Indonesian Drought, Kenyan Flooding

When a drought occurs in Indonesia, there could be flooding later in Kenya. But what are the linkages between these two disasters?

The answer is a phenomenon discovered 10 years ago called Indian Ocean Dipole (IOD).

During normal conditions in the Indian Ocean, the sea surface temperature is warmer in the east and cooler in the west. When an Indian Ocean Dipole event occurs, the situation is reversed.

Cooling of the eastern part of the Indian Ocean results in less convection and less rain. Consequently, we see a longer drought in western Indonesia during the summer and fall.

Meanwhile, on the opposite side of the Indian Ocean, the abnormal warming results in enhanced cloud formation, more rain and serious flooding in eastern Africa. Current research has revealed that this IOD effect not only alters weather patterns in the surrounding region, but also influences the weather in Europe and East Asia.

When climate events collide

Sometimes, the Indian Ocean Dipole can occur together with El-Nino in the Pacific, causing extreme weather and disaster events. When this happened in 1997, there was serious drought and extensive forest fires in Indonesia and Malaysia.

The haze resulting from the fires spread for more than 3200 km, covering six southeast Asian countries, and causing serious health problems in the region. At the same time, giant red tides were triggered by the diople, leading to collapse of the marine ecosystem along a 400 km stretch of an archipelago in western Sumatra.

When the IOD and El-Nino combined again in 2006, the worst flooding in 50 years occured in the Horn of Africa, affecting 1.8 million people. The flooding was followed by outbreaks of cholera, malaria and Rift Valley Fever.

Understanding the dipole

Research on the diople effect is still at a preliminary stage. Scientists are investigating the mechanism, effects, and linkages with other phenomena. In 2006, Japanese scientists successfully predicted its occurrence in 2006 and 2007. This breakthrough brought a window of opportunity for the early detection and preparation for dealing with the extreme weather and disaster impacts attributed to the Indian Ocean Dipole.

In May of this year, the same Japanese scientists, as well as some other climate groups, predicted the IOD’s return in 2008.

map-indian_ocean_dipole

Extreme weather, natural disasters and health problems during IOD in 2006.

“As far as we know, there is no such occasion in the past 100 years when we have had three consecutive positive IODs. The decadal change in the ocean’s condition, under global warming stress, is an underlying factor for such frequent occurrences of IOD. This is similar to the “perpetual IOD”, which could have occurred several thousand years ago,” explained Dr. Toshio Yamagata and Dr. Swadhin Behera of the Tokyo-based Frontier Research Centre for Global Change to The Hindu Business Line. “I hope regional people have enough time to prepare for possible impacts the event may have on local weather.”

In 2008, cooling in southern Java started much earlier than usual. In mid-June, the Indian Meteorological Department announced that monsoon rain hit India early for the first time in more than a century. Some scientists warned that the current condition in the Indian Ocean is suitable to trigger the IOD, and it might already be happening.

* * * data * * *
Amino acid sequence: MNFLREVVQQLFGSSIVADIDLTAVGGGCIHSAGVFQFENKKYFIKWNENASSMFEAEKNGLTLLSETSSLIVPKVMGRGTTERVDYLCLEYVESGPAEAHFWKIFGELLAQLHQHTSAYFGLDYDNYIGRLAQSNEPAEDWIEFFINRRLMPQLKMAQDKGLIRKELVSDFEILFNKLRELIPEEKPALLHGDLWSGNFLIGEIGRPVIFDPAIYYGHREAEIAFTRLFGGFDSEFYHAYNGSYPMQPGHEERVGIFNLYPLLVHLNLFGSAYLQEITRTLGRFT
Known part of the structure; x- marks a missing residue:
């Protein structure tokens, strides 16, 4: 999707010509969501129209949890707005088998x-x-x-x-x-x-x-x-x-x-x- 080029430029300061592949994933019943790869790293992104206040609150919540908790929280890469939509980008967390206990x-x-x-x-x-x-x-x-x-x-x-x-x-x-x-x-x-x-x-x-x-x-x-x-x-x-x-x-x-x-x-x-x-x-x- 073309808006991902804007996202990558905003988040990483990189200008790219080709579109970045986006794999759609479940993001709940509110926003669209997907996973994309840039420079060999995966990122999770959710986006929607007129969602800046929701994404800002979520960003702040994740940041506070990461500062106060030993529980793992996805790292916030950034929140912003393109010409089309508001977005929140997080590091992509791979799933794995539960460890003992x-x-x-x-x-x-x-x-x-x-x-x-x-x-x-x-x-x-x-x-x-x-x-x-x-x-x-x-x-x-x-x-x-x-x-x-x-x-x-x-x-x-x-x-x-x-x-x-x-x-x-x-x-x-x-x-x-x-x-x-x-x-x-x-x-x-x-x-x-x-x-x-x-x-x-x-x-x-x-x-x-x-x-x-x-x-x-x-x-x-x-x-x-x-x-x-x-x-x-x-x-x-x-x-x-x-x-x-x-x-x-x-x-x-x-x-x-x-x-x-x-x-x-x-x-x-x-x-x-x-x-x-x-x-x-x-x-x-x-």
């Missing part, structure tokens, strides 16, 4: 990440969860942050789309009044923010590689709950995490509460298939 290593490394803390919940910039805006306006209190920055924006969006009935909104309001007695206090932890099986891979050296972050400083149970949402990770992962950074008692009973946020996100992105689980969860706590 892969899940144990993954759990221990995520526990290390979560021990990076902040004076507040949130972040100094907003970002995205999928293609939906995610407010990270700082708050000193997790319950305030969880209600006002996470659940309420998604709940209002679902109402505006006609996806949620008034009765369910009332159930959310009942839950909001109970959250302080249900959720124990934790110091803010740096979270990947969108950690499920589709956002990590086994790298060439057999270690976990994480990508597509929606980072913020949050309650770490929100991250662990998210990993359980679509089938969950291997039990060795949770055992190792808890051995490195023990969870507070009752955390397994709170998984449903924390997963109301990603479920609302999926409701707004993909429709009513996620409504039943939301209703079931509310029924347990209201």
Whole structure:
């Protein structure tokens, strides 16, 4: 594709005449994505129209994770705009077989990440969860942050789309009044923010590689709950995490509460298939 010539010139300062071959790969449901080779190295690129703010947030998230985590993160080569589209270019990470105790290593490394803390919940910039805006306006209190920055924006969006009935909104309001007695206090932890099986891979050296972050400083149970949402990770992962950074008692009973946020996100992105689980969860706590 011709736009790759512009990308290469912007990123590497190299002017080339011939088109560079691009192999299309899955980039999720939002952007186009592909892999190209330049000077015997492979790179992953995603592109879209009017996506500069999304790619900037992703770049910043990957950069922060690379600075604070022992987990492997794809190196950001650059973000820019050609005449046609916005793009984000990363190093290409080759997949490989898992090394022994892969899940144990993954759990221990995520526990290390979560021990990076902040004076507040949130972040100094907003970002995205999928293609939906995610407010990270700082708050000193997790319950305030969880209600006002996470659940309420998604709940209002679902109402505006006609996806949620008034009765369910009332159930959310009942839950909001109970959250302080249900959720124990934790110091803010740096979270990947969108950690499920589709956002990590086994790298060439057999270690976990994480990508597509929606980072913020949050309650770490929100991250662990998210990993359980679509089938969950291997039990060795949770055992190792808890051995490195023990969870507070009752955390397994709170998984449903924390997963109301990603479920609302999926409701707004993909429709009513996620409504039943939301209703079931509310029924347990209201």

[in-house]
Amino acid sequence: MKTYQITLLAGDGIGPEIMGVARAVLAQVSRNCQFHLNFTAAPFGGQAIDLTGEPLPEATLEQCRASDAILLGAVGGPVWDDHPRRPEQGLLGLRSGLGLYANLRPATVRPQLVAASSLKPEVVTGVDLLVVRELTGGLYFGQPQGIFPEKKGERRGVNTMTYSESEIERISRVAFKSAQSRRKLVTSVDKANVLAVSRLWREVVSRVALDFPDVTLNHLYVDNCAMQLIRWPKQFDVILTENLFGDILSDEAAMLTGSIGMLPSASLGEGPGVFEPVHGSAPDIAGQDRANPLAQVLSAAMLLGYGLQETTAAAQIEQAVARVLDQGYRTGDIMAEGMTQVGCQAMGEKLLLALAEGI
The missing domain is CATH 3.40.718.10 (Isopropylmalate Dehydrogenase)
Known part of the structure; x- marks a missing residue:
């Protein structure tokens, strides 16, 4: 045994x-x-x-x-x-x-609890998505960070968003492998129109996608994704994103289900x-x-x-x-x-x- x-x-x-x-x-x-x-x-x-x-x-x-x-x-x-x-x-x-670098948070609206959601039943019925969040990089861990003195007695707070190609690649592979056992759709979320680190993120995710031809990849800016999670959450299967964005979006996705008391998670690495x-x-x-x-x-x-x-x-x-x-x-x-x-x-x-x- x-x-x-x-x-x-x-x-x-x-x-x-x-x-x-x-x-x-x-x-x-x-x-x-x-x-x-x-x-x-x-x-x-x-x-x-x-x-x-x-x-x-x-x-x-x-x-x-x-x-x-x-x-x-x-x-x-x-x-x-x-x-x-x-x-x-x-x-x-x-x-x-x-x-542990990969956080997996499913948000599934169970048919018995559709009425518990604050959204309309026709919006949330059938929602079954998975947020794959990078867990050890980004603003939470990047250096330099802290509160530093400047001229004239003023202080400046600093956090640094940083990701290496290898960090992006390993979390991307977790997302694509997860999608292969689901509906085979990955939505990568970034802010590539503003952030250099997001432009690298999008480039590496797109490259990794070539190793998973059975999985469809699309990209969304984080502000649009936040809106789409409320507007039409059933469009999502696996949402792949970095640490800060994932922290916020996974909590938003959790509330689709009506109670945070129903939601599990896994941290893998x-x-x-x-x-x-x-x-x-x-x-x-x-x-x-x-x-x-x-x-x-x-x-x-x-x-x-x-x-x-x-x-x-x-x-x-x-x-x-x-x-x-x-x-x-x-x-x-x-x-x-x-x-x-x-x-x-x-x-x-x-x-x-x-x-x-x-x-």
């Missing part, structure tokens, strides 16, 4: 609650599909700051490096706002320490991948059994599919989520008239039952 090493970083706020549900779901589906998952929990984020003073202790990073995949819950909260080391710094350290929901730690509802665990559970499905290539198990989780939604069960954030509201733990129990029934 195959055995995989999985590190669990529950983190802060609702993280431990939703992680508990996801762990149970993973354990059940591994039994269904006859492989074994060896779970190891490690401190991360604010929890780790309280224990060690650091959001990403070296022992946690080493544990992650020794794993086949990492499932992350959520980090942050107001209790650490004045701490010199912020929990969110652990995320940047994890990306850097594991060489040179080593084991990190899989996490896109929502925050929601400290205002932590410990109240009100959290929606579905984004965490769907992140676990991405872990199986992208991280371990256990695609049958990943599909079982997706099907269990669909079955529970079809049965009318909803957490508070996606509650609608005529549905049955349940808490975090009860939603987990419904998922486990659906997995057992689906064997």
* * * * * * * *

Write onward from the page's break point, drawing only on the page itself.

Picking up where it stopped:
The extreme weather conditions and disasters associated with IOD are a serious concern for all people and governments in the region. They can exacerbate existing health, social, economic and food security problems.

Early Indian Ocean Dipole warning and disaster preparation are crucially needed for the countries that might be affected. It is essential that the relevant agencies in each country monitor the latest prediction results and actual observation in order to make the necessary decisions.

For the latest predictions on Indian Ocean Dipole, please visit:

Japan Agency for Marine-Earth Science and Technology (JAMSTEC)

For other related climate predictions, please visit

APEC Climate Centre
Australian Government, Bureau of Meteorology
European Centre for Medium-Range Weather Forecasts
International Research Institute for Climate and Society
National Oceanic and Atmosphere Administration

For more update on the IOD news and information, please visit the Marufish BLoG.

Acknowledgements:

Special thanks to Prof. Yamagata, Dr. Behera, Dr. Luo, Dr. Saji and Mr. Tripathy.

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Indonesian drought, Kenyan flooding by Chun Knee Tan is licensed under a Creative Commons Attribution-NonCommercial 3.0 Unported License.

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Author

Chun Knee Tan is the UNU’s project coordinator for the Global Environment Information Centre in Tokyo.

He has been involved in the earth observation field since 1997 when he was an Environmental Science graduate at University Putra Malaysia. After finishing his M.S. in GIS and Remote Sensing, he joined ESRI Malaysia as a GIS engineer.

Later, he pursued his PhD in satellite oceanography at Nagasaki University in Japan and joined the United Nations University in 2006.

Tan has wide research interests related to remote sensing, climate change, disaster management, and community empowerment issues. He has been actively providing satellite images, training and advice to young scientists in the Southeast Asia region.

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